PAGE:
Lint Fire Starter

Making a lint fire starter is an easy project that can be done in about 30 minutes.  

With a few simple supplies and a stockpile of dryer lint, you can make several decorative fire starters that not only look nice, but work great too!

Contrary to popular belief, lint by itself does not burn very well.

Depending on the clothing material, some lint may burn better than others but overall it's not that good.

If you take a ball of dryer lint and throw it under a stack of logs and expect to have a roaring fire you're going to be disappointed.  

However, with a little creative touch and a couple of added materials you can turn ordinary dryer lint into a useable fire starter.

Supplies - Make A Lint Fire Starter

To make your homemade lint fire starters you will need the following supplies:

     -  Dryer lint

     -  Cardboard toilet paper tube

     -  Petroleum jelly

     -  Wax paper

     -  Paraffin wax, double boiler and wax dye (optional)

To begin, take one toilet paper tube and cut it in half.  Once it's cut in half, fill the cardboard tubes with dryer lint.  The dryer lint should be loose and not tightly compacted.  

If the lint is over compacted it will not burn.

Next, smear a little petroleum jelly over the dryer lint on each end.  The petroleum jelly is an accelerant and will allow your fire starter to burn hotter and longer.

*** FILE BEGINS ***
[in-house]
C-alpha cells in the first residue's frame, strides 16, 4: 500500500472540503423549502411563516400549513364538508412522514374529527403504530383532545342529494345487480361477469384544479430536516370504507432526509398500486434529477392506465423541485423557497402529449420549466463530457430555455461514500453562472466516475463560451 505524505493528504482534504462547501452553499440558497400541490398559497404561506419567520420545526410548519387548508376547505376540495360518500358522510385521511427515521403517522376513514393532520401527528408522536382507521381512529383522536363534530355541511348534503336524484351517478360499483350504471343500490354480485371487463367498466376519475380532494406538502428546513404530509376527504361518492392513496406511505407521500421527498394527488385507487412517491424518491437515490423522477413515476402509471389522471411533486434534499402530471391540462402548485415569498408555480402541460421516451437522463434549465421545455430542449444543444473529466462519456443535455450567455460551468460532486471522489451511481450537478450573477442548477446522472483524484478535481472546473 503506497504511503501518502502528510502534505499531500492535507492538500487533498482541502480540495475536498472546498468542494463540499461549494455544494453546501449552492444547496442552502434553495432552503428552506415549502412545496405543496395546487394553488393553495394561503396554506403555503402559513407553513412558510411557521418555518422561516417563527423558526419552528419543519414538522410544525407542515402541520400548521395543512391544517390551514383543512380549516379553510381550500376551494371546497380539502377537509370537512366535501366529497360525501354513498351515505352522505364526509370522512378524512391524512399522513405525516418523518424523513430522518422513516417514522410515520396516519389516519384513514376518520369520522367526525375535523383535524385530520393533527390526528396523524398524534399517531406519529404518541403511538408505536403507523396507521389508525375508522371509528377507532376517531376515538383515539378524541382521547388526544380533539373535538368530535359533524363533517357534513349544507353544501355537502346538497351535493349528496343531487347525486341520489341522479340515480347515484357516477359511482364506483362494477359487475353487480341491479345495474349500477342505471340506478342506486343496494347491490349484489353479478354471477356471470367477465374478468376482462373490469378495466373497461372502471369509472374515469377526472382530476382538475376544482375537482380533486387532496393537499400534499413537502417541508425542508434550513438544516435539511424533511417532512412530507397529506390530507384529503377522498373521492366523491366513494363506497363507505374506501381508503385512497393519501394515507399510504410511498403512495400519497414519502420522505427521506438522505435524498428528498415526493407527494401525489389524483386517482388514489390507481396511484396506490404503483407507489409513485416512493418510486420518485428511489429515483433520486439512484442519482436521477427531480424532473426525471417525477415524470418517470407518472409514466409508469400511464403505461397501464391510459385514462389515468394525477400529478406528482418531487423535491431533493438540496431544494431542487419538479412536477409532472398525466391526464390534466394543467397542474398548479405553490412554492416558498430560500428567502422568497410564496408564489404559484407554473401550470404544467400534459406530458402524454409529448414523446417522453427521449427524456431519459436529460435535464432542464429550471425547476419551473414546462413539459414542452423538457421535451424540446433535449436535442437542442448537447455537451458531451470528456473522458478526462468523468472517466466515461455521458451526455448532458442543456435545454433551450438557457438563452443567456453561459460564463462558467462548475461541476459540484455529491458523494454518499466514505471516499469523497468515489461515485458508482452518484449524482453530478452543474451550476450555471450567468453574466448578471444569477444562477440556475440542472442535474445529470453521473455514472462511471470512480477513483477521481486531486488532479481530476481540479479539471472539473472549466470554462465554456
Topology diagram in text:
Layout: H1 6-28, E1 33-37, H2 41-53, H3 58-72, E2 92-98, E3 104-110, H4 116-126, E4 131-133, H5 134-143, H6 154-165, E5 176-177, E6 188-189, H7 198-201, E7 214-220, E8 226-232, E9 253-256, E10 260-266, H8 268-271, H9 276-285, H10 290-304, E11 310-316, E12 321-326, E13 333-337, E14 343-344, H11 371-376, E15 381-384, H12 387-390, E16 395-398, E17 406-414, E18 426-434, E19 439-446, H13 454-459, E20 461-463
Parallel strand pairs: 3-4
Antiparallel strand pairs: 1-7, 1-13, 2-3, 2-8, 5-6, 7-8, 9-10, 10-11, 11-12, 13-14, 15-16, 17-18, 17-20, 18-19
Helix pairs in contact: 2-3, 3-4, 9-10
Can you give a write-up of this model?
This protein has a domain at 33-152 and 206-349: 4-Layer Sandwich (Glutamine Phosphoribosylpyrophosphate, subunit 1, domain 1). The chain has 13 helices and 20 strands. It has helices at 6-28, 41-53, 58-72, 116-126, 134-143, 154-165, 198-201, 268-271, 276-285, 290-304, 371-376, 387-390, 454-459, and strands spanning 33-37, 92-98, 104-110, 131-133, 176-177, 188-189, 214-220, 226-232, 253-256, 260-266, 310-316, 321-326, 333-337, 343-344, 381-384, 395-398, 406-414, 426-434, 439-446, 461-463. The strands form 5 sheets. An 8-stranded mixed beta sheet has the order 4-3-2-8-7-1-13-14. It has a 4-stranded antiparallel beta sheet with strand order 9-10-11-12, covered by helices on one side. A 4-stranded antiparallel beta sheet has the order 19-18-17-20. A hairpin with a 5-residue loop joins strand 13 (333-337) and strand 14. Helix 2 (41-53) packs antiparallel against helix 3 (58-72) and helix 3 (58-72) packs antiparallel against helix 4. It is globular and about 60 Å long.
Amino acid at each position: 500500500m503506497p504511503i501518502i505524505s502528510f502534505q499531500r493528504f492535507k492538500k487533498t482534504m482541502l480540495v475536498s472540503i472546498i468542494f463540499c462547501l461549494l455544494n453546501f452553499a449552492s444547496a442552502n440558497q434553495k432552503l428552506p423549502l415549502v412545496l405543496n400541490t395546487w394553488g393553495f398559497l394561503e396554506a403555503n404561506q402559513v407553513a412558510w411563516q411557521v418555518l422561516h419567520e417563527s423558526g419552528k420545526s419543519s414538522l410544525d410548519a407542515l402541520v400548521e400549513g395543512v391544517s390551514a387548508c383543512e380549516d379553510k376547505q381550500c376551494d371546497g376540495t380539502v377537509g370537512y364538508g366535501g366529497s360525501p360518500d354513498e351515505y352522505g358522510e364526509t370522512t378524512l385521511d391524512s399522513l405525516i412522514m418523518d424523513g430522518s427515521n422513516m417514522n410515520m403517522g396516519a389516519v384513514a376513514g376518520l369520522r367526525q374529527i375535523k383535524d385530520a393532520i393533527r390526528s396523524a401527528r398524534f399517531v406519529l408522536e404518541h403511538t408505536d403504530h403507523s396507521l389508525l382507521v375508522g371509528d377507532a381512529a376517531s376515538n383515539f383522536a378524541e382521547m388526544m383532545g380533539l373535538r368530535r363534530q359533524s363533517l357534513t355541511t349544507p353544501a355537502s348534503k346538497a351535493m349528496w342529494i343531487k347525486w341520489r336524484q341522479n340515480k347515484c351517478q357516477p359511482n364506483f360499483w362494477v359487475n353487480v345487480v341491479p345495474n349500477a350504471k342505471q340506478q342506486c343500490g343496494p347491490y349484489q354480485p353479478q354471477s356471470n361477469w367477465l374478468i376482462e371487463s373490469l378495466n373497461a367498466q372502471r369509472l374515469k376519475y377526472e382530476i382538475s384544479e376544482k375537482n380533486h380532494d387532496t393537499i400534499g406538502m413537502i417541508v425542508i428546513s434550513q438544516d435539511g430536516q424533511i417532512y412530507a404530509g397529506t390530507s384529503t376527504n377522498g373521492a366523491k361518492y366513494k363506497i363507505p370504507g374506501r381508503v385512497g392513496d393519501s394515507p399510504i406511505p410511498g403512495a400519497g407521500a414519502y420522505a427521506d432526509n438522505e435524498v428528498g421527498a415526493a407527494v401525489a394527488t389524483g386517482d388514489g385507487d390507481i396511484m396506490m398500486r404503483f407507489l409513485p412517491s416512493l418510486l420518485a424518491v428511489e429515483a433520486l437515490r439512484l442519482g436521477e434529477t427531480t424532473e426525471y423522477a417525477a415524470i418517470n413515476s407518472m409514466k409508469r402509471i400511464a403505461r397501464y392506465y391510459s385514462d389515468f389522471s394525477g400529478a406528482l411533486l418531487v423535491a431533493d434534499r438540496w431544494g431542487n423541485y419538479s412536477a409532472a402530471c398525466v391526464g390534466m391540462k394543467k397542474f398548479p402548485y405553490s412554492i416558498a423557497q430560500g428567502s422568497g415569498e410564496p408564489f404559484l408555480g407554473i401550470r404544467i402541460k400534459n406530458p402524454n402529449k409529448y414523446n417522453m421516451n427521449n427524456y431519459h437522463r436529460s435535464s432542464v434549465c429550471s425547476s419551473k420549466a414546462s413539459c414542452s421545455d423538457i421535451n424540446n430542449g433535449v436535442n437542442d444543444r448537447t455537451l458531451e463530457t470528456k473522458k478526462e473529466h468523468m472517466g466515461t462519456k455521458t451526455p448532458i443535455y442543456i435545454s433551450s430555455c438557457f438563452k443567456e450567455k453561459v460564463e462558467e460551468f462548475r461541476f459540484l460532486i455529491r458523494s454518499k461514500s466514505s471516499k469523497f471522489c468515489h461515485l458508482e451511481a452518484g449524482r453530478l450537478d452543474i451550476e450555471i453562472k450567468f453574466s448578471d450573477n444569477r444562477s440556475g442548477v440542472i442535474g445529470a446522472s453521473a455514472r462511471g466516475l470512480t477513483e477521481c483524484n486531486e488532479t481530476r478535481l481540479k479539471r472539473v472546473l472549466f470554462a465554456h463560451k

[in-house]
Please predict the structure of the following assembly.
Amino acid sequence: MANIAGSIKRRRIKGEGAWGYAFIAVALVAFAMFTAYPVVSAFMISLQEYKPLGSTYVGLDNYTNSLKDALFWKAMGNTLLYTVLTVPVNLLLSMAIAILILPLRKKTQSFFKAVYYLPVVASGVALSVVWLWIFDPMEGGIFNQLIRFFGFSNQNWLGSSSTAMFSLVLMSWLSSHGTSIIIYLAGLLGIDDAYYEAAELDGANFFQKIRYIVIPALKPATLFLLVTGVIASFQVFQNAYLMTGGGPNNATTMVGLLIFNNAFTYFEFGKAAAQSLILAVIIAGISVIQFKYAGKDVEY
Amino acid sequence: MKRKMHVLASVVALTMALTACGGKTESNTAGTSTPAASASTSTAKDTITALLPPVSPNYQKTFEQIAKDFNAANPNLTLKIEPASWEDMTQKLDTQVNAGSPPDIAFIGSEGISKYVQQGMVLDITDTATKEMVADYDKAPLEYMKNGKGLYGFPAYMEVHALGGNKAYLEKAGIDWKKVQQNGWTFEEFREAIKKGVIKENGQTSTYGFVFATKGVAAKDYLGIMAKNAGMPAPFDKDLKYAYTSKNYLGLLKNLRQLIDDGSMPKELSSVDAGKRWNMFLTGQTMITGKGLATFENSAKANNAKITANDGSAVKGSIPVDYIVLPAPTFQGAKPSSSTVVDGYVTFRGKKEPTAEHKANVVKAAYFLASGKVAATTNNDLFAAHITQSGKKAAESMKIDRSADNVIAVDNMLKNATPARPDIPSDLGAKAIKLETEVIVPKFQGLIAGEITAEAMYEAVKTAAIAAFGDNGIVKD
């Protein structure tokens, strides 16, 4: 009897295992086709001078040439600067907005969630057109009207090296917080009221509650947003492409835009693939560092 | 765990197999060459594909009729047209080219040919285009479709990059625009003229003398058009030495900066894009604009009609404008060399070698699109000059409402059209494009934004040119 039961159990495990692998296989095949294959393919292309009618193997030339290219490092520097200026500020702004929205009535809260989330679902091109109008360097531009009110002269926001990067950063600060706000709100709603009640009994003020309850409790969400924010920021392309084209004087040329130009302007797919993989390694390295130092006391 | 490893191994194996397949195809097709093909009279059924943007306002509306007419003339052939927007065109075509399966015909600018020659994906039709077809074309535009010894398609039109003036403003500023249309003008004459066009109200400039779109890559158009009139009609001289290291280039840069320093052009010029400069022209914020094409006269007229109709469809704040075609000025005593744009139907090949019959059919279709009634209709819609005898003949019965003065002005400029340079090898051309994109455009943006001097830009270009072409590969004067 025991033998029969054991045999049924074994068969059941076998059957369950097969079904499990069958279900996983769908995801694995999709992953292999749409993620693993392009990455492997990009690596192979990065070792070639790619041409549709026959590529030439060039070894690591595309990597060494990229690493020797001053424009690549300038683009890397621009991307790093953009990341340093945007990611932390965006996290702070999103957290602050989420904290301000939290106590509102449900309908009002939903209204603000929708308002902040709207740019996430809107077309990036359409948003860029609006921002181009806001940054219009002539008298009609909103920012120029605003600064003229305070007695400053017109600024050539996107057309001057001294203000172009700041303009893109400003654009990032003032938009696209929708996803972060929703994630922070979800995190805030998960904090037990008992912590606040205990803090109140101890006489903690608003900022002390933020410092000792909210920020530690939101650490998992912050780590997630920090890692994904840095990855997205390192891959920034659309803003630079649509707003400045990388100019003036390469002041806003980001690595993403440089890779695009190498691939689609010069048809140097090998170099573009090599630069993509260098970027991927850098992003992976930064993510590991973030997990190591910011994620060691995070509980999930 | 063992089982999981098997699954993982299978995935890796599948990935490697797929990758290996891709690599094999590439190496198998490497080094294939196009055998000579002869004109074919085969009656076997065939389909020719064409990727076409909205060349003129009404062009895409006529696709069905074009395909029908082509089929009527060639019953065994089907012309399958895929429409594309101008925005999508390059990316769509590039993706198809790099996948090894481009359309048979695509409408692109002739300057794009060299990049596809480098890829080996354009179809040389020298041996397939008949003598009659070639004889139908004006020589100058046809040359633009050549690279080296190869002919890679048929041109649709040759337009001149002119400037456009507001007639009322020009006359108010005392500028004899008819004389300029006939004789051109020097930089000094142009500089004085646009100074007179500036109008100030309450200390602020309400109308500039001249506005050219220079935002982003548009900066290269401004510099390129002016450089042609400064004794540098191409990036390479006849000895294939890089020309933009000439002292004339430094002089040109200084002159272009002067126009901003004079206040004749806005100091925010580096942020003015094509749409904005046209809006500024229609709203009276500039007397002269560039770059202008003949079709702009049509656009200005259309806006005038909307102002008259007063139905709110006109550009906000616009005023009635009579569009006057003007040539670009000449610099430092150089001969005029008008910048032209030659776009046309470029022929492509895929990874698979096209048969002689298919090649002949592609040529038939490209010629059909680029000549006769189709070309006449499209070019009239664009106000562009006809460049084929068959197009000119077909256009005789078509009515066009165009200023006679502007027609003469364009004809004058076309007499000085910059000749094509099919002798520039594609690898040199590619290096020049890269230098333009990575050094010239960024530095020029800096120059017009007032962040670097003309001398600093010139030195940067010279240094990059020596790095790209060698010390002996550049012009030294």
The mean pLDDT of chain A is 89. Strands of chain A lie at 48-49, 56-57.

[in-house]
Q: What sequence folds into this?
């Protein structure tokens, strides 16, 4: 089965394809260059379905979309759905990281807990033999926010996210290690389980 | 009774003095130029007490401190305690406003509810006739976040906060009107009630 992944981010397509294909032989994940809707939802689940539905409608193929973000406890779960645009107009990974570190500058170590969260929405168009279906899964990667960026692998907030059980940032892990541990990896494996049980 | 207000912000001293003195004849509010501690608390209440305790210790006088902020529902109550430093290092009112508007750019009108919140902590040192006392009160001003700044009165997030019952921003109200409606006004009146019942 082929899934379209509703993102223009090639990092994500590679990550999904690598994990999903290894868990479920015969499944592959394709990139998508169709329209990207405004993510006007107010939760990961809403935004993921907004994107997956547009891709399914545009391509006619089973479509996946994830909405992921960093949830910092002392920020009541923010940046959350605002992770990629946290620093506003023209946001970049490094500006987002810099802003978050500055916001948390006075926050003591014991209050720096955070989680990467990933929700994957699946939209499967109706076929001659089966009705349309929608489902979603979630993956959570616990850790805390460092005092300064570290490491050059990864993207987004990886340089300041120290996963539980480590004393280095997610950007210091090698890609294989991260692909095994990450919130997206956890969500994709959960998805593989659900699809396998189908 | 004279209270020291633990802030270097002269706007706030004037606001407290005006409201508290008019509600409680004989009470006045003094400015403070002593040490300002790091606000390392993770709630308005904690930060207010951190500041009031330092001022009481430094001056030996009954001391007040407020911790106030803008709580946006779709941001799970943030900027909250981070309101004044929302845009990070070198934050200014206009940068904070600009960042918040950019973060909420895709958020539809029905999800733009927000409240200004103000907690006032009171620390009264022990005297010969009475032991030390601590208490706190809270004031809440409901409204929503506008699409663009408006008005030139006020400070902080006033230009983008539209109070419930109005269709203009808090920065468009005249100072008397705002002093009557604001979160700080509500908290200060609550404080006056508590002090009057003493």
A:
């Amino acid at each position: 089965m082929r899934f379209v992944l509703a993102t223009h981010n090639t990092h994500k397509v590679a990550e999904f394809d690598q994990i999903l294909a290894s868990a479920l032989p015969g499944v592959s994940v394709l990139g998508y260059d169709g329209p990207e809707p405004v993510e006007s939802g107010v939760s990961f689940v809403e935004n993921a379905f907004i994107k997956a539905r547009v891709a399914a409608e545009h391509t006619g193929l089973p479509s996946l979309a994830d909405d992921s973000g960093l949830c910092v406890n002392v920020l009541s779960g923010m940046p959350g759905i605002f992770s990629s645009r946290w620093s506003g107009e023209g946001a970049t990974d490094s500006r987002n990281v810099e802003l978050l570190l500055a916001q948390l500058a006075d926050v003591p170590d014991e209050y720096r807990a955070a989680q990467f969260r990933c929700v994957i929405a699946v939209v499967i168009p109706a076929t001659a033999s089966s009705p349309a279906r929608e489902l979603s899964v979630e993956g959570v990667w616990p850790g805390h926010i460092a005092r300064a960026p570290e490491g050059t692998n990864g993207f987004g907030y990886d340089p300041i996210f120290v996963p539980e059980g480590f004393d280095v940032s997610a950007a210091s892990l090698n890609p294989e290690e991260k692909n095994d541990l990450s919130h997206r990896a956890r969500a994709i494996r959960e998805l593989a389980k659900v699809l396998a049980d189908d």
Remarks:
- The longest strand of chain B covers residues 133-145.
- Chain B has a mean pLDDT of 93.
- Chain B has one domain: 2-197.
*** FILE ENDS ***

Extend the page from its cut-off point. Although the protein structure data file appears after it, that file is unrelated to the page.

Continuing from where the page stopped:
After you add the petroleum jelly, roll the cardboard tube in wax paper.

Twist the ends and cut them to size.

Now to add a little decorative touch, melt the paraffin wax in a double boiler or simply use a coffee can and sauce pan partially filled with water.

Add a concentrated wax dye block to color the wax.  Once the wax has melted dip the end of the fire starter into the wax.  

To dip the fire starter, use a pair of tongs or other similar device.  Use caution because the melted wax is extremely hot and could cause sever injury.

Once you dip the fire starter, allow the wax to dry and then dip the other end.  A styrofoam egg carton works great for holding the fire starters until they dry.

That's're done!  

These homemade fire starters work great for starting a campfire or for use in an open fireplace.  Plus, they look great and can be used as a decorative item around your house.

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